Pretty sure M.I.A. has a legitimate point here. The New York Times‘s “The 31 Places to Go in 2010” article from the other day leads with an encomium to the possibilities of Sri Lanka as a tourist destination. Perhaps you’d heard something about a civil war going on over there, though? Don’t worry about it! Says the Times:
If your item on vacation spots must lead with that paragraph, that may be a sign that your travel piece has a problem. Especially when, as M.I.A. points out, the Times‘s own The Lede blog–whose coverage of the conflict in Sri Lanka has been thorough and pretty responsible throughout–carried an item not four days ago about brutal extrajudicial executions carried out in Sri Lanka about a year ago by the government there. Which is to say, the same government you’d be supporting with your tourist dollars, should you hit, say, “Nilaveli Beach in the Tamil north,” where though “a few military checkpoints remain, vacationers can lounge on poolside hammocks under palm trees or snorkel in its crystal-clear waters.” And it’s perfectly safe, see, since the minority Tamil separatist leaders who used to hold sway in those parts have now been summarily executed by the Sri Lankan military.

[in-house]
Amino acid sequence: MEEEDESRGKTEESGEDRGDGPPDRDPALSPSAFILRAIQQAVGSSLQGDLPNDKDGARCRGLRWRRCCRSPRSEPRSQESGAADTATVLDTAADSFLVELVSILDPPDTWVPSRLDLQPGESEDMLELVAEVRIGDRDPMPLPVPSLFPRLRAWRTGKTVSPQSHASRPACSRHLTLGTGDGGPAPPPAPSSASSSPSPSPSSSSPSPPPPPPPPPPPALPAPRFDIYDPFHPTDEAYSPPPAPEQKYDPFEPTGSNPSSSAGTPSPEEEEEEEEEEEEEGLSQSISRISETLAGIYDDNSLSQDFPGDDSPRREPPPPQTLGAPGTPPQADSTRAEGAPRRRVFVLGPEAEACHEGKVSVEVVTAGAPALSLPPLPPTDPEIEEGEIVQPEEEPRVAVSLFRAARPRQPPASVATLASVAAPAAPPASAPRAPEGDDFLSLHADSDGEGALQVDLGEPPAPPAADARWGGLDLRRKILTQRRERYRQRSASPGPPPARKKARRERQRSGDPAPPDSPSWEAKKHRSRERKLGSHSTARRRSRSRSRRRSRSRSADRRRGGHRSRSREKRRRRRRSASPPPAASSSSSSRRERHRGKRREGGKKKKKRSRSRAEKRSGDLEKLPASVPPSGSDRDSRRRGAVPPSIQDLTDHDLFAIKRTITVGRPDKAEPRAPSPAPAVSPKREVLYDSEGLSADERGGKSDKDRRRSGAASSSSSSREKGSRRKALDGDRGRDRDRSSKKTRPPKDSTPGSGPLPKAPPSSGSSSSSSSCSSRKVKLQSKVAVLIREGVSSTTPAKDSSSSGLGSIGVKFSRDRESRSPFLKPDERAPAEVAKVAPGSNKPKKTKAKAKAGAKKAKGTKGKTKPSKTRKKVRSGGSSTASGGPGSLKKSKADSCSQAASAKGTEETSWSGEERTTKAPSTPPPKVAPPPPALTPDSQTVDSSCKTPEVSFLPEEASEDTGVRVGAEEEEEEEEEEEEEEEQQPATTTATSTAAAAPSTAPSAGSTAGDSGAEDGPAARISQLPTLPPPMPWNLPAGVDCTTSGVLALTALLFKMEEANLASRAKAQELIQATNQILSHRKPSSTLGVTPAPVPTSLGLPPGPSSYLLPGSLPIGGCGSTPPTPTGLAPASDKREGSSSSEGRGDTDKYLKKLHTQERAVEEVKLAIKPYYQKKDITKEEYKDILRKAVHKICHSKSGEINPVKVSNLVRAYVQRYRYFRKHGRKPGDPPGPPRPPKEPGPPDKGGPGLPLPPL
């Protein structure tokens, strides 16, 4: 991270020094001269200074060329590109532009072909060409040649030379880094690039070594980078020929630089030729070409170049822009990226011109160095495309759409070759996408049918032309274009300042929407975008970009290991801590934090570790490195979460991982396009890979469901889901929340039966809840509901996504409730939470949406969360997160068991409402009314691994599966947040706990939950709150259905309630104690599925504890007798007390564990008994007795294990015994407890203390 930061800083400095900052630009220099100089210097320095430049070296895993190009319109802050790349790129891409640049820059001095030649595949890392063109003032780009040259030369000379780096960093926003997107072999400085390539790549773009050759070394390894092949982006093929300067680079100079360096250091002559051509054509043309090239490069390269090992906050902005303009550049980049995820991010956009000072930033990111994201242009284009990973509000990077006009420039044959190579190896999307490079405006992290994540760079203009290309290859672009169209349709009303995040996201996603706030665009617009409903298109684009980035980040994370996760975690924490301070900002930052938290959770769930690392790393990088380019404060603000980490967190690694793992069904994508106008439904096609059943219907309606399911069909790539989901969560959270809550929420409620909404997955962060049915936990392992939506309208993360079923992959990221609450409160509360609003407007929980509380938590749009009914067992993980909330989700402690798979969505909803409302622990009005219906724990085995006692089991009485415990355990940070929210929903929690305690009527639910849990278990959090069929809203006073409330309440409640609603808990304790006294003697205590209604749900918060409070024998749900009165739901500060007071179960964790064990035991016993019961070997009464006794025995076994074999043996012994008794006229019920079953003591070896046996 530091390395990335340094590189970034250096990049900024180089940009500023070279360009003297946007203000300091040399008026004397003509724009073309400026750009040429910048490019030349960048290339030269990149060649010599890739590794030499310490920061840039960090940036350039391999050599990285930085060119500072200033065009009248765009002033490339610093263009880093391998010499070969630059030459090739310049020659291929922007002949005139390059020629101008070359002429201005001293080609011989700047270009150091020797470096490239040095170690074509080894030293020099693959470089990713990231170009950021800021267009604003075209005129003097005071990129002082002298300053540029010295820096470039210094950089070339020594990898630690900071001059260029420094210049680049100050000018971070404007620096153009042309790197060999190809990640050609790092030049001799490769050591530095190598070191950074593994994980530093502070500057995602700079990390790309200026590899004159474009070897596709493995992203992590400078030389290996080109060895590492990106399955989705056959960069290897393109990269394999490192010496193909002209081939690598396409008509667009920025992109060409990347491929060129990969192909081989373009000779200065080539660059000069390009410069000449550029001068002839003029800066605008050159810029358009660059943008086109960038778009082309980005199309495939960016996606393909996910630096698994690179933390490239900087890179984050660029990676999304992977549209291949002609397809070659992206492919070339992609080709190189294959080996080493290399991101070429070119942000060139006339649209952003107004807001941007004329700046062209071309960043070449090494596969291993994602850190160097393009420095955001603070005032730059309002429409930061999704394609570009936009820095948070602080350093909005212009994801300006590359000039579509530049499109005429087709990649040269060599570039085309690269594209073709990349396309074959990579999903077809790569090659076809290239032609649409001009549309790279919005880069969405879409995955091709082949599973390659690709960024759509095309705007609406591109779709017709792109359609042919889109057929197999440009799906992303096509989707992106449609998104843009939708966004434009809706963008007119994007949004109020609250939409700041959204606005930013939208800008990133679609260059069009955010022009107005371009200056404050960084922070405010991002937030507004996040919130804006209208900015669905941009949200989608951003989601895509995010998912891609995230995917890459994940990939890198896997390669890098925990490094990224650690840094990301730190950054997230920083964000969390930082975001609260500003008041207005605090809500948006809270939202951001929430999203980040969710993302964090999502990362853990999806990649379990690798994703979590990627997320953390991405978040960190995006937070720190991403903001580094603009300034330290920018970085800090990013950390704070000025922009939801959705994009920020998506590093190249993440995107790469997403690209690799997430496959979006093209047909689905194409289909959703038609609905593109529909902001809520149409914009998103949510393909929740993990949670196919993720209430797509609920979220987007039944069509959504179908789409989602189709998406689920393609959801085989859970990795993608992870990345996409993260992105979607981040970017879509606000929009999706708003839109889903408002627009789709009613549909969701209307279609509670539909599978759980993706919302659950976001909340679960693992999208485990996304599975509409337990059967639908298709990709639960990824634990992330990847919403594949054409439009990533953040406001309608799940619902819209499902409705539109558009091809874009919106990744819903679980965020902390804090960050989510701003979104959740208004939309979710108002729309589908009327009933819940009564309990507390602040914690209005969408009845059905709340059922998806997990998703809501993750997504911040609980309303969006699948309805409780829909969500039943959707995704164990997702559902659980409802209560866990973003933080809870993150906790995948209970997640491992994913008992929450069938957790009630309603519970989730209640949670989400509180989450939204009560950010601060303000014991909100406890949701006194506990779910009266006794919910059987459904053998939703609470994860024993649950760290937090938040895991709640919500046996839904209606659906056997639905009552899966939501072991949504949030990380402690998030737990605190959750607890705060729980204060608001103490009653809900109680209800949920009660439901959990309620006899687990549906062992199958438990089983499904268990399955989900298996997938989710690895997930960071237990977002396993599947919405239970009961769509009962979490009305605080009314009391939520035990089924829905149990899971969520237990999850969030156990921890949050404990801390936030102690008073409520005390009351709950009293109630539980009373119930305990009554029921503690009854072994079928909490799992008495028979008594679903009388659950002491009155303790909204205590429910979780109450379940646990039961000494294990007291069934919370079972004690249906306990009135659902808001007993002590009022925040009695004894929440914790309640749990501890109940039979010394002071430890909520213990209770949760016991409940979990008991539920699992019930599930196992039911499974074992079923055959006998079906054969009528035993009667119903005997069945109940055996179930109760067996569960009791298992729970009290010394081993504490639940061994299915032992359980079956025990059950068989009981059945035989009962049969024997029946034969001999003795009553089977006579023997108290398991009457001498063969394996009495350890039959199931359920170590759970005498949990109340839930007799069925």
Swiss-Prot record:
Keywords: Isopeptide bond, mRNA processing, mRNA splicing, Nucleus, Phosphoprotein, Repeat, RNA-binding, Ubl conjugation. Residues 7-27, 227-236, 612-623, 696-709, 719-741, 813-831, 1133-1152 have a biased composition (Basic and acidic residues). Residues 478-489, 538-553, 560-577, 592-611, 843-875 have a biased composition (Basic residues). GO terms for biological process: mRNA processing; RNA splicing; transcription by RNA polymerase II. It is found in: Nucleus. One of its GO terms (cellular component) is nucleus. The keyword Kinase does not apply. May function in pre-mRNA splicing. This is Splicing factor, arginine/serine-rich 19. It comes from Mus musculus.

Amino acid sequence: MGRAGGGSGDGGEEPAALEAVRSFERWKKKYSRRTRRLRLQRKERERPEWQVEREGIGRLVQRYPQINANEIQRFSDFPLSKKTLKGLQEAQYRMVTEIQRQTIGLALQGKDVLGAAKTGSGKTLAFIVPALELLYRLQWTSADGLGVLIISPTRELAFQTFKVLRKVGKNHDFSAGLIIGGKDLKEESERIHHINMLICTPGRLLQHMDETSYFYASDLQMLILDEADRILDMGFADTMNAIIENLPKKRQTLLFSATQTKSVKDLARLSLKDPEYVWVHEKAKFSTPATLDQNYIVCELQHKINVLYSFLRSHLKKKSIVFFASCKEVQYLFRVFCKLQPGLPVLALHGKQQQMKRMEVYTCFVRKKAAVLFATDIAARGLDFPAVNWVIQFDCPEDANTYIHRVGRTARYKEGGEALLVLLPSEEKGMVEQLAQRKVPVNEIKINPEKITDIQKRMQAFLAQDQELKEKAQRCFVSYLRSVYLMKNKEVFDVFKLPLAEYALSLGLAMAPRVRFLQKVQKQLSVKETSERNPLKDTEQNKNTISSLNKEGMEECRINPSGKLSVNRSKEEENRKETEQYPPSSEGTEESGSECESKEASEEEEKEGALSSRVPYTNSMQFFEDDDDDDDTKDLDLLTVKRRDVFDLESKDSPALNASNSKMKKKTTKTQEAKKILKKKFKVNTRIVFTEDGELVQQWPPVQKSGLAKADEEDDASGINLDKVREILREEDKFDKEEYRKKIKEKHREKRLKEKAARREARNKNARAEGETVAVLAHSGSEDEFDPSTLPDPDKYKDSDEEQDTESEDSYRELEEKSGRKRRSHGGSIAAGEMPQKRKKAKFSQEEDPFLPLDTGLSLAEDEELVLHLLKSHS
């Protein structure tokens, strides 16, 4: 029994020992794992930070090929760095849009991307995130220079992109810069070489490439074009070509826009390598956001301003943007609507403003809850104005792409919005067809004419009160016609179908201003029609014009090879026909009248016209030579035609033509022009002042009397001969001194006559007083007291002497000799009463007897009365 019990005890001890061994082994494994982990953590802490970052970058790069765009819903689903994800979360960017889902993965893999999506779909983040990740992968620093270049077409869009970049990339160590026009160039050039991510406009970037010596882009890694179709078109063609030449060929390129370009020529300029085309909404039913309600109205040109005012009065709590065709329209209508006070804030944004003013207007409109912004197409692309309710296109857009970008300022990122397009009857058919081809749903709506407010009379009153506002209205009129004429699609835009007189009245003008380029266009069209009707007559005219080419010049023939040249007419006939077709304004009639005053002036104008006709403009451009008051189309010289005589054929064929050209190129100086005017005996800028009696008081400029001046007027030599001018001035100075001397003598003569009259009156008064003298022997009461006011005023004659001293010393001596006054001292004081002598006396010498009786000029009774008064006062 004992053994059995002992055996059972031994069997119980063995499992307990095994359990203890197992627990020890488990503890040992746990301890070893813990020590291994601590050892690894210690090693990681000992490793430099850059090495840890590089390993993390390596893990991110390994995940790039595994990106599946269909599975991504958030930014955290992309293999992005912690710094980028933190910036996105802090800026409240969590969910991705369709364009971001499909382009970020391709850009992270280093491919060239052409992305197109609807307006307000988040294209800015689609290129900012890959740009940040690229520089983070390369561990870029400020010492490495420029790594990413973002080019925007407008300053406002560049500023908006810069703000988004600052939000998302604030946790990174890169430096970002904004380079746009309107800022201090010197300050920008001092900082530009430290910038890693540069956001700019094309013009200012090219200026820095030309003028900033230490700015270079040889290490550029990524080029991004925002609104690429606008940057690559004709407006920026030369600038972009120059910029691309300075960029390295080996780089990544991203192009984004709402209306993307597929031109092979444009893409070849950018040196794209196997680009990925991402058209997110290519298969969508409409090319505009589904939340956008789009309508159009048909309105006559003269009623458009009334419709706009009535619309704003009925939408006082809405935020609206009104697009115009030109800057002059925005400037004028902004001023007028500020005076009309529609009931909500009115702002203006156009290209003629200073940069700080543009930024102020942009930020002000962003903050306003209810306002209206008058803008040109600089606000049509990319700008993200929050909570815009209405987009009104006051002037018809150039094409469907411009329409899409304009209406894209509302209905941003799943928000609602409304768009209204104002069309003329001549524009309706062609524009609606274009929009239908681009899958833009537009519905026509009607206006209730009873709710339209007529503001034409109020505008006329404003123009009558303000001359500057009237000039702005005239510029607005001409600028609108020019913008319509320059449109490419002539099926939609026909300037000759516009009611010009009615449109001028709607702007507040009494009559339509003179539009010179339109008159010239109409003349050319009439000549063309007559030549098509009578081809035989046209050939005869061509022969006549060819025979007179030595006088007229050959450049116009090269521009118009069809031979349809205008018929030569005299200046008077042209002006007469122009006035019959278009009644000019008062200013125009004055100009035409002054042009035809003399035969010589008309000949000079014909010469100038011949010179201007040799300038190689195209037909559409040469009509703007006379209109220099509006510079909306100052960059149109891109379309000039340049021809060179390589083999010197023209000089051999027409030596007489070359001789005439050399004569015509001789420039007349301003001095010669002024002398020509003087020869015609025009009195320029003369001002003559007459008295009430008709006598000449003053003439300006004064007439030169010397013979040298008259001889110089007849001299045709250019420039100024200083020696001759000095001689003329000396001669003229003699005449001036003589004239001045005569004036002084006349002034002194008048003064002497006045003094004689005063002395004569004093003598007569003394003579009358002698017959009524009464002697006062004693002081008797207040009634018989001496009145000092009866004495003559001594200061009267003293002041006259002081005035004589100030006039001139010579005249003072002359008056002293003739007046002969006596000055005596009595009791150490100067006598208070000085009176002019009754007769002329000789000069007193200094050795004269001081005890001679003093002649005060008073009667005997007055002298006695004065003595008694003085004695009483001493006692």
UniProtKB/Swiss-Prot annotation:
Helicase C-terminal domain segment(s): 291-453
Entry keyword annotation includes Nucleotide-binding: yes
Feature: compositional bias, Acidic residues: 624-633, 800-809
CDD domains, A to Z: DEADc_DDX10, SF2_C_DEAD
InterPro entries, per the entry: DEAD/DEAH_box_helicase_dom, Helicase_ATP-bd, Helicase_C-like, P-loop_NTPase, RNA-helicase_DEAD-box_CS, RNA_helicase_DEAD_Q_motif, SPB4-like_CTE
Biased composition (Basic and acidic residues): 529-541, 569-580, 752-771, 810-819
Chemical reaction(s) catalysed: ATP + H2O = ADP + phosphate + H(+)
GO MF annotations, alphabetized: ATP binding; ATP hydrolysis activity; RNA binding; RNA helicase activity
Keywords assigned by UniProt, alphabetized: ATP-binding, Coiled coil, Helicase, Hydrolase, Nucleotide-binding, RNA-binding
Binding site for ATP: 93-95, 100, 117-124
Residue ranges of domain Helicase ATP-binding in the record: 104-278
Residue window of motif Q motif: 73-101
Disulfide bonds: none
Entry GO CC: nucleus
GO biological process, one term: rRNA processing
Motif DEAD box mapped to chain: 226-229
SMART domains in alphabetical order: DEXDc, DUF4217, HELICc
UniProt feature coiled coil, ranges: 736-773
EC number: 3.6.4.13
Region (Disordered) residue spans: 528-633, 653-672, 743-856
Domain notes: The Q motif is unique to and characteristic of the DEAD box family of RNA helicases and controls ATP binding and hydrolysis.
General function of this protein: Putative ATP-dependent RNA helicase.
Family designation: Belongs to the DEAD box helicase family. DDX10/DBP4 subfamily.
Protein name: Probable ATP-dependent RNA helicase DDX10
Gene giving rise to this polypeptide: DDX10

The Times, of course, is the same paper who about a year ago accused M.I.A. herself of being a terrorist apologist, on frighteningly thin evidence. Even as the Lede’s Robert Mackey has steadily chronicled the human rights violations and shelling of Tamil minority civilians by a government that finally brutally finished off a 25-year civil war last summer, the paper’s cultural coverage has been basically completely oblivious as to the asymmetrical and bloody nature of the conflict in that country. Except of course when they want to put M.I.A. herself forward as a representative for the losing, “terrorist” side. It’s like “Holiday in Cambodia,” sans the irony. So yeah, basically–fuck the New York Times.
ONCE AGAIN FUCK NEW YORK TIMES !!!!!!!!! GET YOUR PRIORITIES STRAIGHT [@_M_I_A_]
The 31 Places to Go in 2010 [NYT]
Video of Sri Lankan Executions Appears Authentic, U.N. Says [NYT]